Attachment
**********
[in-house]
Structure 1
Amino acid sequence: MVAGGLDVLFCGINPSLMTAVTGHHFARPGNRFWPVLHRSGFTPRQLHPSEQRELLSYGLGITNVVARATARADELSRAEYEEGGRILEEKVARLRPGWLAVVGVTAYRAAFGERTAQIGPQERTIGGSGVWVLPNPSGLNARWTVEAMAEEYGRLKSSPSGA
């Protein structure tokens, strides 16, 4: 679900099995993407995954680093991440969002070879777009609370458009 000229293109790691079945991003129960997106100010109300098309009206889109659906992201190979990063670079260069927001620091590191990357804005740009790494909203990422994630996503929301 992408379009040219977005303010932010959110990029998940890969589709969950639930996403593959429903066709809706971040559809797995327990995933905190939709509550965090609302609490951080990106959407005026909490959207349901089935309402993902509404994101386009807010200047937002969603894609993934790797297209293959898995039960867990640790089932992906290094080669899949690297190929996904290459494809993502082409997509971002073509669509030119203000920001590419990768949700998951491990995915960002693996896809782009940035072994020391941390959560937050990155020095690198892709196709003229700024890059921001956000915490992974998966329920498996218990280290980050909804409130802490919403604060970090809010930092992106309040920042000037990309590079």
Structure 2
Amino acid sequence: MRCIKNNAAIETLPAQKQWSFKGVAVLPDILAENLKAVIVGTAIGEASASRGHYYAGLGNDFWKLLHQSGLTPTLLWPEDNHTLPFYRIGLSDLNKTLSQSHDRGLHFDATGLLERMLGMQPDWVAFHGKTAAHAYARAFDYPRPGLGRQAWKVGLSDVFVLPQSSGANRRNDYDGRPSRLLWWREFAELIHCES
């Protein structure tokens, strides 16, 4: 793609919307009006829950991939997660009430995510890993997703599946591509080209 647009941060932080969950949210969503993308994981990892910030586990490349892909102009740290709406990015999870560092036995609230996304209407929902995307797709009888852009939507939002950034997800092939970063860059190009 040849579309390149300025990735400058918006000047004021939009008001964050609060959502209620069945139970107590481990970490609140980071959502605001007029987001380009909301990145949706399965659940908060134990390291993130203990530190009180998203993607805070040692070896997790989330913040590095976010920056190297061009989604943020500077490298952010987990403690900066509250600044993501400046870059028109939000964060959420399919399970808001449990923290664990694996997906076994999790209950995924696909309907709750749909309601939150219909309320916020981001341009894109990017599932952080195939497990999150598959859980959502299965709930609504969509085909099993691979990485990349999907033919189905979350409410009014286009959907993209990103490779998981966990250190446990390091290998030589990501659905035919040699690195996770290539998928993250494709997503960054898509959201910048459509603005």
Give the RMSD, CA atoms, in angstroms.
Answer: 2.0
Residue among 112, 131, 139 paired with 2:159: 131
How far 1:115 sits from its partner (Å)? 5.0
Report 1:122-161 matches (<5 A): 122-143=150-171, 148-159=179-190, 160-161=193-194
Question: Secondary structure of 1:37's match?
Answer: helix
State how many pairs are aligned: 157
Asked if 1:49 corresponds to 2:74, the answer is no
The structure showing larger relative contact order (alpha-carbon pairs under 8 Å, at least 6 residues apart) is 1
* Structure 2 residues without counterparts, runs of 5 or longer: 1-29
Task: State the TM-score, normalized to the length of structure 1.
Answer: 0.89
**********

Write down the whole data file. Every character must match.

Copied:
[in-house]
Structure 1
Amino acid sequence: MVAGGLDVLFCGINPSLMTAVTGHHFARPGNRFWPVLHRSGFTPRQLHPSEQRELLSYGLGITNVVARATARADELSRAEYEEGGRILEEKVARLRPGWLAVVGVTAYRAAFGERTAQIGPQERTIGGSGVWVLPNPSGLNARWTVEAMAEEYGRLKSSPSGA
């Protein structure tokens, strides 16, 4: 679900099995993407995954680093991440969002070879777009609370458009 000229293109790691079945991003129960997106100010109300098309009206889109659906992201190979990063670079260069927001620091590191990357804005740009790494909203990422994630996503929301 992408379009040219977005303010932010959110990029998940890969589709969950639930996403593959429903066709809706971040559809797995327990995933905190939709509550965090609302609490951080990106959407005026909490959207349901089935309402993902509404994101386009807010200047937002969603894609993934790797297209293959898995039960867990640790089932992906290094080669899949690297190929996904290459494809993502082409997509971002073509669509030119203000920001590419990768949700998951491990995915960002693996896809782009940035072994020391941390959560937050990155020095690198892709196709003229700024890059921001956000915490992974998966329920498996218990280290980050909804409130802490919403604060970090809010930092992106309040920042000037990309590079």
Structure 2
Amino acid sequence: MRCIKNNAAIETLPAQKQWSFKGVAVLPDILAENLKAVIVGTAIGEASASRGHYYAGLGNDFWKLLHQSGLTPTLLWPEDNHTLPFYRIGLSDLNKTLSQSHDRGLHFDATGLLERMLGMQPDWVAFHGKTAAHAYARAFDYPRPGLGRQAWKVGLSDVFVLPQSSGANRRNDYDGRPSRLLWWREFAELIHCES
């Protein structure tokens, strides 16, 4: 793609919307009006829950991939997660009430995510890993997703599946591509080209 647009941060932080969950949210969503993308994981990892910030586990490349892909102009740290709406990015999870560092036995609230996304209407929902995307797709009888852009939507939002950034997800092939970063860059190009 040849579309390149300025990735400058918006000047004021939009008001964050609060959502209620069945139970107590481990970490609140980071959502605001007029987001380009909301990145949706399965659940908060134990390291993130203990530190009180998203993607805070040692070896997790989330913040590095976010920056190297061009989604943020500077490298952010987990403690900066509250600044993501400046870059028109939000964060959420399919399970808001449990923290664990694996997906076994999790209950995924696909309907709750749909309601939150219909309320916020981001341009894109990017599932952080195939497990999150598959859980959502299965709930609504969509085909099993691979990485990349999907033919189905979350409410009014286009959907993209990103490779998981966990250190446990390091290998030589990501659905035919040699690195996770290539998928993250494709997503960054898509959201910048459509603005």
Give the RMSD, CA atoms, in angstroms.
Answer: 2.0
Residue among 112, 131, 139 paired with 2:159: 131
How far 1:115 sits from its partner (Å)? 5.0
Report 1:122-161 matches (<5 A): 122-143=150-171, 148-159=179-190, 160-161=193-194
Question: Secondary structure of 1:37's match?
Answer: helix
State how many pairs are aligned: 157
Asked if 1:49 corresponds to 2:74, the answer is no
The structure showing larger relative contact order (alpha-carbon pairs under 8 Å, at least 6 residues apart) is 1
* Structure 2 residues without counterparts, runs of 5 or longer: 1-29
Task: State the TM-score, normalized to the length of structure 1.
Answer: 0.89